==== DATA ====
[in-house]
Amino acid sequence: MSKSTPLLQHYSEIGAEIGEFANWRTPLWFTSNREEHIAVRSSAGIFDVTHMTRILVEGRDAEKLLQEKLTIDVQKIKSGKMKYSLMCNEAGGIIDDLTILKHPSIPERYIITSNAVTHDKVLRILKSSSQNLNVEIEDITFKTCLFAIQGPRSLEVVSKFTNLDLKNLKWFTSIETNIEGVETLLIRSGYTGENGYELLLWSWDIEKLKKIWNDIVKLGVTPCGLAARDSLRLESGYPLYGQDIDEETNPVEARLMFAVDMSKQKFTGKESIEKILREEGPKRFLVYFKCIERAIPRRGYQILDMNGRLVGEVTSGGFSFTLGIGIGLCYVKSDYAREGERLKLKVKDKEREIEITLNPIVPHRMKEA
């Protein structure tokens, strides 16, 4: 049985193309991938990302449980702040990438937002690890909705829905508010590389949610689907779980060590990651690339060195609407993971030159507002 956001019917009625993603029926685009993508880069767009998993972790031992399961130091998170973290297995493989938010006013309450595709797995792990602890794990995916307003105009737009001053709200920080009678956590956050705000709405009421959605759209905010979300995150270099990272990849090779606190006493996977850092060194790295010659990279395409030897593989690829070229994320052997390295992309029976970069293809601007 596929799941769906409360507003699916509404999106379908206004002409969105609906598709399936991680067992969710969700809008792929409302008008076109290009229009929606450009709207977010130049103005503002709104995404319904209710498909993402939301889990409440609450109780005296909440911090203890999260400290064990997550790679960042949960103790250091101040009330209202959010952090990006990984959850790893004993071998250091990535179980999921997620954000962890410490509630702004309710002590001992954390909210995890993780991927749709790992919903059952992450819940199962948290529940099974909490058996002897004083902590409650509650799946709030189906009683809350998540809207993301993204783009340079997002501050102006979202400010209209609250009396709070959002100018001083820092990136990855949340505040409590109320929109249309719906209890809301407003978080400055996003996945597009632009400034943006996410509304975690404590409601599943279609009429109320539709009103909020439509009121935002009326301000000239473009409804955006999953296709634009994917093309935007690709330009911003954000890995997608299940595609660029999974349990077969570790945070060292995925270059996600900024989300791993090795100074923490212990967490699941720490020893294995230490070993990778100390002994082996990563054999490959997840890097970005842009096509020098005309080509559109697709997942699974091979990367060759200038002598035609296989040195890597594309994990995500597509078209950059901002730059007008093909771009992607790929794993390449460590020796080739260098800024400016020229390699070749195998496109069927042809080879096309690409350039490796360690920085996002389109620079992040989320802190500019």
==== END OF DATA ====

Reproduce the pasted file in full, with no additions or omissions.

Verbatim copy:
[in-house]
Amino acid sequence: MSKSTPLLQHYSEIGAEIGEFANWRTPLWFTSNREEHIAVRSSAGIFDVTHMTRILVEGRDAEKLLQEKLTIDVQKIKSGKMKYSLMCNEAGGIIDDLTILKHPSIPERYIITSNAVTHDKVLRILKSSSQNLNVEIEDITFKTCLFAIQGPRSLEVVSKFTNLDLKNLKWFTSIETNIEGVETLLIRSGYTGENGYELLLWSWDIEKLKKIWNDIVKLGVTPCGLAARDSLRLESGYPLYGQDIDEETNPVEARLMFAVDMSKQKFTGKESIEKILREEGPKRFLVYFKCIERAIPRRGYQILDMNGRLVGEVTSGGFSFTLGIGIGLCYVKSDYAREGERLKLKVKDKEREIEITLNPIVPHRMKEA
């Protein structure tokens, strides 16, 4: 049985193309991938990302449980702040990438937002690890909705829905508010590389949610689907779980060590990651690339060195609407993971030159507002 956001019917009625993603029926685009993508880069767009998993972790031992399961130091998170973290297995493989938010006013309450595709797995792990602890794990995916307003105009737009001053709200920080009678956590956050705000709405009421959605759209905010979300995150270099990272990849090779606190006493996977850092060194790295010659990279395409030897593989690829070229994320052997390295992309029976970069293809601007 596929799941769906409360507003699916509404999106379908206004002409969105609906598709399936991680067992969710969700809008792929409302008008076109290009229009929606450009709207977010130049103005503002709104995404319904209710498909993402939301889990409440609450109780005296909440911090203890999260400290064990997550790679960042949960103790250091101040009330209202959010952090990006990984959850790893004993071998250091990535179980999921997620954000962890410490509630702004309710002590001992954390909210995890993780991927749709790992919903059952992450819940199962948290529940099974909490058996002897004083902590409650509650799946709030189906009683809350998540809207993301993204783009340079997002501050102006979202400010209209609250009396709070959002100018001083820092990136990855949340505040409590109320929109249309719906209890809301407003978080400055996003996945597009632009400034943006996410509304975690404590409601599943279609009429109320539709009103909020439509009121935002009326301000000239473009409804955006999953296709634009994917093309935007690709330009911003954000890995997608299940595609660029999974349990077969570790945070060292995925270059996600900024989300791993090795100074923490212990967490699941720490020893294995230490070993990778100390002994082996990563054999490959997840890097970005842009096509020098005309080509559109697709997942699974091979990367060759200038002598035609296989040195890597594309994990995500597509078209950059901002730059007008093909771009992607790929794993390449460590020796080739260098800024400016020229390699070749195998496109069927042809080879096309690409350039490796360690920085996002389109620079992040989320802190500019």